Unfortunately, there is no standard submission format for recommendation letters. Some school will require that you use a standardized form specific to that school or program, some will accept more traditional letters, and others will require electronic submissions. Be sure that you keep track of the format required for the schools to which you are applying. If the school requires that you use a standardized form that they provide, be sure to take a copy of that form with you when you approach potential recommenders. Also, be sure that you have filled out any required, personal information on the form. This may include information such as: your name and the program to which you are applying. It may also include a box where you can give up your right to see what your recommenders have written. Please note that you are not required to waive your right to see the letters that your recommenders have written. However, not waiving this right may limit what and how your recommender might write their letter.
Choosing who you will ask to write your recommendation letters is very important, and if you are fortunate enough to have several potential recommenders, narrow your list down early. You’ll want to approach your potential recommenders early because many professors and professionals often find themselves inundated with recommendation requests during the application season.
Your field of study will play a large role in your choice of potential recommenders, as you will want to have at least one person who knows your work, and the field, quite well. If you completed any internships or fieldwork, professionals who you have worked alongside of may be excellent choices for potential recommenders. However, if you are having problems finding potential recommenders from within your field, remember that sheer academic readiness can count for a lot. Professors in related fields may also make good choices, so long as they are familiar with your character and your work ethic.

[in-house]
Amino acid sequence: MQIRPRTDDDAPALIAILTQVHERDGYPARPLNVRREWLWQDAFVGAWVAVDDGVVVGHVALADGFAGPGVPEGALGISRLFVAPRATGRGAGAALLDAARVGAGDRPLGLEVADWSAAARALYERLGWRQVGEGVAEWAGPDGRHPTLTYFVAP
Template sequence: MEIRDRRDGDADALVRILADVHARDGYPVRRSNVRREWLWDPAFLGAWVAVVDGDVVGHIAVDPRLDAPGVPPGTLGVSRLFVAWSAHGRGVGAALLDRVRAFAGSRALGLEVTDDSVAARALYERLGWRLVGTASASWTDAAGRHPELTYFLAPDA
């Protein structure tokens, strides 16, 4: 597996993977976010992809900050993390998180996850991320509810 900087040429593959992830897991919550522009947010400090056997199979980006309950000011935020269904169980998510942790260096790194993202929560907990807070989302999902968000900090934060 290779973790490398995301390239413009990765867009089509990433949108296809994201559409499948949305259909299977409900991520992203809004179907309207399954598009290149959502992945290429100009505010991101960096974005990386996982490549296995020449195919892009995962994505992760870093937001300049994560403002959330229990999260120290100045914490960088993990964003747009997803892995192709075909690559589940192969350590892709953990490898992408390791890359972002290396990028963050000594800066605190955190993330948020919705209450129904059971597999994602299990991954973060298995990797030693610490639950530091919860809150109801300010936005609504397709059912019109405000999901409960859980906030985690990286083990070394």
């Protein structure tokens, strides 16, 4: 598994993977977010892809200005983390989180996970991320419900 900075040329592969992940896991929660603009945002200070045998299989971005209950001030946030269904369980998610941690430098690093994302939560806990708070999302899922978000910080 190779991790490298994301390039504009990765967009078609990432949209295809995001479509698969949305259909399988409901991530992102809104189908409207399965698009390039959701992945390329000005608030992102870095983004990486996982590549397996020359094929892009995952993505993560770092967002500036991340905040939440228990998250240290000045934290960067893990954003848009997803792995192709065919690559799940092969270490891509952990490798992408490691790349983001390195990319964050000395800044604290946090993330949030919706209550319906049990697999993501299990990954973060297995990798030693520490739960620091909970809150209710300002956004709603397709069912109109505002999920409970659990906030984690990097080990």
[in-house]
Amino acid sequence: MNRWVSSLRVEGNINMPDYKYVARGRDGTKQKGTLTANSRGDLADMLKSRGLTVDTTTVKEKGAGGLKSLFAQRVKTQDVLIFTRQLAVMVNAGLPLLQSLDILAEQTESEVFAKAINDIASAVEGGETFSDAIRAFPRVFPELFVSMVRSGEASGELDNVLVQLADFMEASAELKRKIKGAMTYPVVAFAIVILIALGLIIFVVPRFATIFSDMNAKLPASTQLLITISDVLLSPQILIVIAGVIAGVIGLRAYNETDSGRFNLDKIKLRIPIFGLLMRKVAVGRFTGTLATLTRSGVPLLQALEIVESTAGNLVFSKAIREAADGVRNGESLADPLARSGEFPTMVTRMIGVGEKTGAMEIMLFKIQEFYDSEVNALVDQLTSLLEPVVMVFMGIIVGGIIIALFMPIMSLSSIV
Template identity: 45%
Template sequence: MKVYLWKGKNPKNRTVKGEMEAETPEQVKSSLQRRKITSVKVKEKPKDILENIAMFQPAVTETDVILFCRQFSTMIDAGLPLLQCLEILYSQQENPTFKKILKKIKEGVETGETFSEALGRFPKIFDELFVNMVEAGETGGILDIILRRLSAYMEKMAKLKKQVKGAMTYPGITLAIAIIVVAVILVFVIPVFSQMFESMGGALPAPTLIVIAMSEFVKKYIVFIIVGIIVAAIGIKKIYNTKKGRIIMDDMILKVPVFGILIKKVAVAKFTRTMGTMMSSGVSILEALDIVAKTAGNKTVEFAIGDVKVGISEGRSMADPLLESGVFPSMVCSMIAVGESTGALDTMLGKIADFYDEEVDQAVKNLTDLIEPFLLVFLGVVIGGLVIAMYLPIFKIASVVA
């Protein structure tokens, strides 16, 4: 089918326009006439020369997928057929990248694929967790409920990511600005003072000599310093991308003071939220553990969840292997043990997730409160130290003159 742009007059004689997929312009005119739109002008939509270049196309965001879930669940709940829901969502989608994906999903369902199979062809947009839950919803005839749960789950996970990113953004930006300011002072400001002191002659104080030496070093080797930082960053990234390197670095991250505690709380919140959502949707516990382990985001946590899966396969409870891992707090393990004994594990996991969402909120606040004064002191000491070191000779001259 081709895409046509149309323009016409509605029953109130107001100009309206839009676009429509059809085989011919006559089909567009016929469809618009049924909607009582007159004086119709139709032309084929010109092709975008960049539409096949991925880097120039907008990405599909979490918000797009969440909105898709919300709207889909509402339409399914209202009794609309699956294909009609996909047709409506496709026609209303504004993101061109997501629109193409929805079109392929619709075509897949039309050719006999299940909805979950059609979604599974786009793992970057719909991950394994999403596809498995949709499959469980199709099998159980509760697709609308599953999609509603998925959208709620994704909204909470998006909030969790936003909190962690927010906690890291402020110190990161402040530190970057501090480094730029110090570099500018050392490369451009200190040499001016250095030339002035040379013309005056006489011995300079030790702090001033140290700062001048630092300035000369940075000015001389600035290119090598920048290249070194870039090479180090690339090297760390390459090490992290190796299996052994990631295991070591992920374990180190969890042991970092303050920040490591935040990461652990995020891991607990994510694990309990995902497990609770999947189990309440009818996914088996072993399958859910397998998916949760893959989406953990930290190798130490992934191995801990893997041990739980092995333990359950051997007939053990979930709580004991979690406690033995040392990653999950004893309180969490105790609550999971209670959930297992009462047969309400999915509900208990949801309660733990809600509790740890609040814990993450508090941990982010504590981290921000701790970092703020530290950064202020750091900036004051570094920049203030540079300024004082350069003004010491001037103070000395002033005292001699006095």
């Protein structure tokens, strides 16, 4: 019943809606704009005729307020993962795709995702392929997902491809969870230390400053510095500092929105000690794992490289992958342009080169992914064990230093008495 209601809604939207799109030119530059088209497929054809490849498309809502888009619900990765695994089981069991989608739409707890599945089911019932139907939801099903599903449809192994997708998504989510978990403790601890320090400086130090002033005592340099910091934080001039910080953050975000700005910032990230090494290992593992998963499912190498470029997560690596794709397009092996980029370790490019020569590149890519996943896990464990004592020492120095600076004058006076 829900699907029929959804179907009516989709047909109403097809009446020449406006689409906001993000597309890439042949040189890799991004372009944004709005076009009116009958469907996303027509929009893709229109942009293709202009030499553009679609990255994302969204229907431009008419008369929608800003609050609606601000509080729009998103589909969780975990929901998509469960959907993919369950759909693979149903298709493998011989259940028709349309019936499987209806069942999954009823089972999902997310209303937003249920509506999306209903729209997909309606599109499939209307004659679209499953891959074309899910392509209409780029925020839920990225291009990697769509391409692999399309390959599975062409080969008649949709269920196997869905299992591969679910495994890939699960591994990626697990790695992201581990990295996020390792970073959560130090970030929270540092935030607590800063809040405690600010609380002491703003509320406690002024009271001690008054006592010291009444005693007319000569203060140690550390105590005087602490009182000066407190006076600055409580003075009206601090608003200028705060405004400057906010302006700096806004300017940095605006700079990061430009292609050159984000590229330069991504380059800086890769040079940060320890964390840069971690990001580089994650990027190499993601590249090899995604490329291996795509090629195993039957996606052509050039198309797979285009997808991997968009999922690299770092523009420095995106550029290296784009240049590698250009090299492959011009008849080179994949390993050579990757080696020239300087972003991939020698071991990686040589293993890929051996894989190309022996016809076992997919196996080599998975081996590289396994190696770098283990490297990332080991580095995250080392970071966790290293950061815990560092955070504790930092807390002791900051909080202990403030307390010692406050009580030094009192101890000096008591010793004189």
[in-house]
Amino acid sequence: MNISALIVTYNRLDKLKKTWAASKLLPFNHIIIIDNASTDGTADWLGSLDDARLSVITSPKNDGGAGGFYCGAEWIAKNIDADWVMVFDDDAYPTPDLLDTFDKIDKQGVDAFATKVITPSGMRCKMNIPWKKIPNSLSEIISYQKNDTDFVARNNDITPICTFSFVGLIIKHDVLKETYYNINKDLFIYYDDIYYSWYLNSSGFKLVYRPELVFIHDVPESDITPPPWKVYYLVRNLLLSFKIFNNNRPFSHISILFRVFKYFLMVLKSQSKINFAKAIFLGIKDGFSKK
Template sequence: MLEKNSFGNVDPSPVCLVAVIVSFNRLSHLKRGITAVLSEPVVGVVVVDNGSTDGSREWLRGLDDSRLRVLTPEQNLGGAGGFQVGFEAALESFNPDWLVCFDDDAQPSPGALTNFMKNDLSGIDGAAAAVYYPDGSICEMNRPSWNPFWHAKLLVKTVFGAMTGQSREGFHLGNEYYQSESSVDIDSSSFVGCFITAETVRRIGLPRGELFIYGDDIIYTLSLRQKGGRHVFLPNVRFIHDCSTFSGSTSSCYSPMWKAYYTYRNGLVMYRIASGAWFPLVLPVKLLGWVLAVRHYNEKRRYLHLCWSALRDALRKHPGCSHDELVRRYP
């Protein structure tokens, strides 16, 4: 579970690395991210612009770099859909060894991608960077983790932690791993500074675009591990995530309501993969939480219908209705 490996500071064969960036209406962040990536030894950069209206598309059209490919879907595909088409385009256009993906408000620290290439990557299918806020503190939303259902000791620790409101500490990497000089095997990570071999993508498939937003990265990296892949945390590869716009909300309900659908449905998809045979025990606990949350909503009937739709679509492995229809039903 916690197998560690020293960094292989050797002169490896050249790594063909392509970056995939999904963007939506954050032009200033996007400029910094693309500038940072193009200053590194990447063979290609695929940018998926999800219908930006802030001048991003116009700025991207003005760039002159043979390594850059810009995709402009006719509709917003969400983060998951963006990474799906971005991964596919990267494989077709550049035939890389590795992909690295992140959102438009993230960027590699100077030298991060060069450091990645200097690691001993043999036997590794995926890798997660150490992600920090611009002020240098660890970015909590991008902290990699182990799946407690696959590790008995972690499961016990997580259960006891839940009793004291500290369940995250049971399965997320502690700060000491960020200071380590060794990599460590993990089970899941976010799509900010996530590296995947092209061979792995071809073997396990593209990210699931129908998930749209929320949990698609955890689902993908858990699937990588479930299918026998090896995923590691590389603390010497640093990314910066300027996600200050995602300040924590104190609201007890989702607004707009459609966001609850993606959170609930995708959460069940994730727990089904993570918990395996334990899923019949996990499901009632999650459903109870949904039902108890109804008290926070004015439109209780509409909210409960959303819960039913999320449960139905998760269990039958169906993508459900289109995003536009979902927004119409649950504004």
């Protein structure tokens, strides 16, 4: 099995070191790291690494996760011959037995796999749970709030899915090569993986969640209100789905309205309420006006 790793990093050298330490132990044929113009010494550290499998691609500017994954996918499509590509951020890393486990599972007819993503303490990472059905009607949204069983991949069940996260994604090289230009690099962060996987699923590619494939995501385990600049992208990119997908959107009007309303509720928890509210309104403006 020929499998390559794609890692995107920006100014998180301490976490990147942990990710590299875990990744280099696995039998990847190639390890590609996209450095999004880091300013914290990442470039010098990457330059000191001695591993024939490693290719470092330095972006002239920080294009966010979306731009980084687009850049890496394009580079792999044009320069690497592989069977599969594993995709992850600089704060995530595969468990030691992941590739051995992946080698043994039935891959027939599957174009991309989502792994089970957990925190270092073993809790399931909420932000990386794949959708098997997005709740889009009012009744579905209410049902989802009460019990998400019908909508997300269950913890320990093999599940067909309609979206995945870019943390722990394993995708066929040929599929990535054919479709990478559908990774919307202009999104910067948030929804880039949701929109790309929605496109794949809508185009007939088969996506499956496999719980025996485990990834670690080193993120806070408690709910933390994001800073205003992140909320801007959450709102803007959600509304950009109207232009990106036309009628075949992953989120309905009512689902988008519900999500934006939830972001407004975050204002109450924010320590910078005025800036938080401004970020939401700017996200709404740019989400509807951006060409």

Regardless of your field of study, choose recommenders you are certain are familiar with your scholarship, skills, and personality. A boilerplate letter from a big name in your field may not be worth as much as a lesser-known scholar who can speak candidly about you as an individual. It may also be wise to have a backup recommender in case one of your recommenders is unable, for any reason, to complete a letter or two on time.
There is no one ideal way to request a recommendation letter—your relationship with and access to the potential recommender will determine your best course of action—but there are certain steps you can take to facilitate the process. While you may want to ask some potential recommenders in person, it is always a good idea to follow up with a reference request letter or email. See the OWL's resource on requesting employment references for a model. This allows you to track the date you requested the reference. If they have already agreed in person, reference the conversation, but still include the relevant information about the school to which you are applying, the due date for the letter of recommendation, and the method for letter submission—paper, electronic, etc. You may also want to include the application materials mentioned above (CV, writing sample, etc.) so that your recommender is prepared.